In our zeal to clean up our own lives or the lives of others, we unfortunately use “killer soaps”—condemnation, faultfinding, and criticism. We think we’re doing right, but our harsh, self-righteous treatment gives place to condemnation.

  1. God wants you free from condemnation.

The Bible says, “By the law is the knowledge of sin” (Rom. 3:20). When you have the knowledge of the law, you will be aware of your own sin. Don’t think of the law as doing right from wrong because God did not give us the law for that purpose. God gave us the law to show us that we cannot measure up; we need a Savior.

“There is therefore now no condemnation for those who are in Christ Jesus” (Rom. 8:1). If you are in Christ Jesus and forgiven of your sins, then there is no condemnation because Jesus redeemed you and paid the price for ALL your sins. You are justified (just-as-if-I-didn’t-sin) before God.

When a woman caught in the act of adultery was brought before Jesus, the Scribes and Pharisees tried to trap Jesus by asking: “Now Moses, in the law, commanded us that such should be stoned. But what do you say?” (John 8:5).

Jesus began to draw in the sand, and He answered, “He who is without sin among you, let him throw a stone at her first” (John 8:7). The Scribes and Pharisees began to leave one by one till none of them were left. The people in the crowd who wanted to condemn the woman could not. But Jesus, the only one in the crowd who truly had the power to condemn her, would not. He then asked her, “Has no one condemned you?” (John 8:10).

She answered, “No one, Lord” (John 8:11).

Jesus then spoke grace into her life. “Neither do I condemn you; go and sin no more” (John 8:11 nkjv).

When she received the gift of no condemnation, then she had the power to “go and sin no more.” When your focus is on your sin, you are more likely to repeat it.

Grace is God’s gift in redemption. It comes out of God’s love, goodness, and mercy. It is unmerited and undeserved. It’s all about Jesus’ finished work and not man’s efforts. God has given you the gift of no condemnation, so that you can “look unto Jesus and He can author and perfect your faith” (Heb. 12:2).

  1. The devil’s main weapon against you is accusation, faultfinding.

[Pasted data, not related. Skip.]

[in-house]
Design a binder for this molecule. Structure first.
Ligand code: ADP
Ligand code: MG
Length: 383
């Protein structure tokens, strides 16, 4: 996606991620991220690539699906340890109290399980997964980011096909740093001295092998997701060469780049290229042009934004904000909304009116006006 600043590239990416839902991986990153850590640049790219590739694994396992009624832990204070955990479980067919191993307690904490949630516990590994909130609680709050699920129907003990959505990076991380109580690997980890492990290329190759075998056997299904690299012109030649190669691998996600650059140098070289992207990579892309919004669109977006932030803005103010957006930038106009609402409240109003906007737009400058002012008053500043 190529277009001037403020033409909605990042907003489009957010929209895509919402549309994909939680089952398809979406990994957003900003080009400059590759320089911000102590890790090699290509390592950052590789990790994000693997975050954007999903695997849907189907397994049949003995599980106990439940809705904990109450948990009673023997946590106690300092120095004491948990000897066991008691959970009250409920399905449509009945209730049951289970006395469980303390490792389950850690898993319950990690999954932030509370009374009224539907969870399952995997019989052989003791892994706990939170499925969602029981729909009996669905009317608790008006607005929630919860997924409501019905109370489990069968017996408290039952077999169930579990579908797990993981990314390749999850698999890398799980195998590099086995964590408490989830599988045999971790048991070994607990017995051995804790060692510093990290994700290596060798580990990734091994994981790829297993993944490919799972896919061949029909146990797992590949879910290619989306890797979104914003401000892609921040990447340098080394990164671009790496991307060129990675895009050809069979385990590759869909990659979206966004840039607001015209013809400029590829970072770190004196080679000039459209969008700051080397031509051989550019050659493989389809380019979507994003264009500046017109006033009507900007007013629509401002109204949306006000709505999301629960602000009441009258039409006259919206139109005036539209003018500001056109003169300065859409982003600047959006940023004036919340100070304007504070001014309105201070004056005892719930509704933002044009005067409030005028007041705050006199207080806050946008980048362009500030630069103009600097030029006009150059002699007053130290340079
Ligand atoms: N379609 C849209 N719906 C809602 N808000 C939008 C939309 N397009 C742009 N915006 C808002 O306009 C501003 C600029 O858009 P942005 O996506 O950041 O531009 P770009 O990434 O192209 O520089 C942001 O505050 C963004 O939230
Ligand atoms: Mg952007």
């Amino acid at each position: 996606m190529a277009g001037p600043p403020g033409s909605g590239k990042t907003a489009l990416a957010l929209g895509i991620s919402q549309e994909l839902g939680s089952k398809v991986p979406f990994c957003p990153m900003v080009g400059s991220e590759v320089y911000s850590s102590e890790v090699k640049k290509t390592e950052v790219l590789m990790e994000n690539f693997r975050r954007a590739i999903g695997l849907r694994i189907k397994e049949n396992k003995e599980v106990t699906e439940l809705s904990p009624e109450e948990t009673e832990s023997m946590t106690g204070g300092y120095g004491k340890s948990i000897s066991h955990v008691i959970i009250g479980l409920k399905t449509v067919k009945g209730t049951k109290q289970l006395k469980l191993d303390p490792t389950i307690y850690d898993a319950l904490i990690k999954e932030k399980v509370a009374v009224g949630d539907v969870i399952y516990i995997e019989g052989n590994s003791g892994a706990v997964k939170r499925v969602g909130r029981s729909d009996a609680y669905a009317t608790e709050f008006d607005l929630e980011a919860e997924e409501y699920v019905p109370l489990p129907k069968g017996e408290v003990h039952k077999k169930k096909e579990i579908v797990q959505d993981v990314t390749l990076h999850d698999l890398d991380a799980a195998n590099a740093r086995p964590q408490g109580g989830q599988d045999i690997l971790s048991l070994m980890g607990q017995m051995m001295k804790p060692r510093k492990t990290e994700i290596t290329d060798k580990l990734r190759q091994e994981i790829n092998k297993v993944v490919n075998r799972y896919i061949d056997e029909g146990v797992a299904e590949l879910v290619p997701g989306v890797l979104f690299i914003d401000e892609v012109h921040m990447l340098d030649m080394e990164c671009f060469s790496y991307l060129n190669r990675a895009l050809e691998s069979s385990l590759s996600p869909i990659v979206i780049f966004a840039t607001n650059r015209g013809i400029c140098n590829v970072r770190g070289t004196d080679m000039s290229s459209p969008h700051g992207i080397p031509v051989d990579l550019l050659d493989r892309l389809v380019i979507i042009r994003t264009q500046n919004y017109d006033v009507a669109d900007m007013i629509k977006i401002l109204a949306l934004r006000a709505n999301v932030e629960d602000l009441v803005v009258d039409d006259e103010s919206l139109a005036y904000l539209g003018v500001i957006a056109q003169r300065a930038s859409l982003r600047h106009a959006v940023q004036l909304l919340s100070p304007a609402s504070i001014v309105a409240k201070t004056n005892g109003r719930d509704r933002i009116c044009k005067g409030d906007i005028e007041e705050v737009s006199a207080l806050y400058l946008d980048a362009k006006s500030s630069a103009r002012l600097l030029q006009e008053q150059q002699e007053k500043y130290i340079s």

“Then I heard a loud voice in heaven say: ‘Now have come the salvation and the power and the kingdom of our God, and the authority of his Christ. For the accuser of our brothers, who accuses them before our God day and night, has been hurled down. They overcame him by the blood of the Lamb and by the word of their testimony; they did not love their lives so much as to shrink from death’” (Rev. 12:10-11).

Satan is Hebrew for “prosecutor at law”—the accuser, faultfinder. The role of a prosecutor in a court of law is to condemn you, the accused. The prosecutor never talks about your good points. He will bring up all the dirty laundry and ruthlessly accuse you till you feel condemned.

In Revelation 12:10, the announcement from heaven in a loud voice is for you to recognize Satan as the faultfinder, the accuser, the prosecuting attorney. The only place where you find NO condemnation is in Christ Jesus.

“My little children, these things I write to you, so that you may not sin. And if anyone sins, we have an Advocate with the Father, Jesus Christ the righteous” (1 John 2:1 nkjv). When Jesus rose from the grave, He became your advocate, your lawyer. But unlike earthly lawyers, Jesus went through great sufferings for you and gave His life so that you can be reconciled to God and receive His blessings. “You are accepted in the beloved” (Eph. 1:6).

As your advocate before the throne of grace, Jesus defends you and guarantees that all the benefits of the cross are yours. He assures your salvation, healing, and deliverance.

When the devil tries to convince you that God is angry with you when you blow it, just say, “God does not condemn me today because 2,000 years ago He judged my sins at the cross.” God’s righteousness is not only imputed to you, but also imparted. We are righteous!

God can justly declare you innocent and completely righteous because of what Jesus did at the cross. “God made him who had no sin to be sin for us, so that in him we might become the righteousness of God” (2 Cor. 5:21). God is simply being faithful and just to what Christ has done.

God wants you to see yourself as righteous. When you sin or fail, remember that Jesus’ blood continually cleanses you from all sin (1 John 1:7). When the Lord sees the blood, the death angel of judgment and condemnation will pass over you. But you must apply the blood over the doorpost of your life.

The devil knows you are forgiven, washed in the blood of Jesus. All your sins are washed away; there is no record of them. So why does he continue to condemn you?

BECAUSE THIS IS HIS MAJOR TACTIC. His weapon of condemnation works on most people. The devil cannot enforce the curse apart from condemnation. He cannot defeat or kill you apart from condemnation. So you have to cooperate with him to receive condemnation.